Thursday, October 28, 2010

what have you got to lose?

He had me at chocolate. Twenty-seven years ago, at the beginning of summer break, I sent a letter to one of my college friends. It had a sticker on it that said something to the effect of "In case of emergency, please send chocolate." Less than two weeks later, a box of homemade fudge arrived in the mail. I can bake, but fudge has always eluded me. I have tried it about three times, and three times I have created a lovely fudge sauce for ice cream, but that is it. The only kind I can make is microwave. So, I was impressed. Impressed enough to decide this guy should probably be more than a friend, and I married him three years later.

Today is National Chocolates Day. Today. Believe in the power of fudge. What great thing might you do today with it? Reconcile a relationship? Console a child? Make a first date? I'm not saying it works miracles. I'm just saying, it could be much more powerful than you believe.

Tuesday, October 19, 2010

if you had one question

We had an interesting question come up at a group meeting the other night. "If you could ask God one question, what would it be?" Hmmm. When will we have world peace? Why suffering? What is my place in the world? What will be going on in ten years I have to prepare for? Why on earth mosquitoes?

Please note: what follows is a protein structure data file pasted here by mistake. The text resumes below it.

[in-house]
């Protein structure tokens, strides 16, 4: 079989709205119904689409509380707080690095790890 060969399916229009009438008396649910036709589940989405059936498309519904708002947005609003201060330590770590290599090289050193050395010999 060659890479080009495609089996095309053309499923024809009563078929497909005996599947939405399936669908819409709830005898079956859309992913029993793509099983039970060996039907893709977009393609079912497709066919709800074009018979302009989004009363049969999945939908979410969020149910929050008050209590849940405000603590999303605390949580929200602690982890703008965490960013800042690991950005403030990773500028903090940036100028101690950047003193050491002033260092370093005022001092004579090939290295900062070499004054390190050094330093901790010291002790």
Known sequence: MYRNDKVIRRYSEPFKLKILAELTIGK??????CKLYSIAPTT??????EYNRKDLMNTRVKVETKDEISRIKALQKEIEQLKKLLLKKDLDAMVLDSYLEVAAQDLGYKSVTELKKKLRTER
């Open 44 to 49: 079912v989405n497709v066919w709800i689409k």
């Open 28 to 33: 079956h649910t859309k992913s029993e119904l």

All good questions, I suppose. But I found myself realizing something pretty quickly. I don't want the answers to them. (Except, perhaps, the last one.) Would it do me any good to know the answers to questions that have plagued humankind forever? It would not make anyone listen to me about them. Just because we know the right answers does not mean we will do the right thing. I mean, we all know the answers to what happens when we smoke, or eat to excess, or drive too fast, or tell our spouses, "Of course that doesn't make you look fat." But people are human, and we do these things anyway. And they are pretty insignificant things compared to world peace. Can you imagine how frustrated and depressed a person would be if he or she knew the answers to the tough questions and could not change anything? Plus, I'm pretty sure that, despite an honors degree in theology, I would not really understand the answers.

The future? Do I really want to know? If I had known the future of the past several years, would it have made them any easier? It might have caused me to take my family to a deserted island and hibernate for a decade, but I don't think that would have worked so well. I'm pretty sure that at least the people in our community theater would still find me and still be calling. One day at a time is all you can manage to do sometimes, and to know how long it might last or how bad it might get would be far too overwhelming for the average human being. That's why these things are left to God. And most certainly I do not want to know if my career never takes off and I end up my days in a little hut in Key West lamenting what could have been with no friends but the manatees. I'd just rather not know.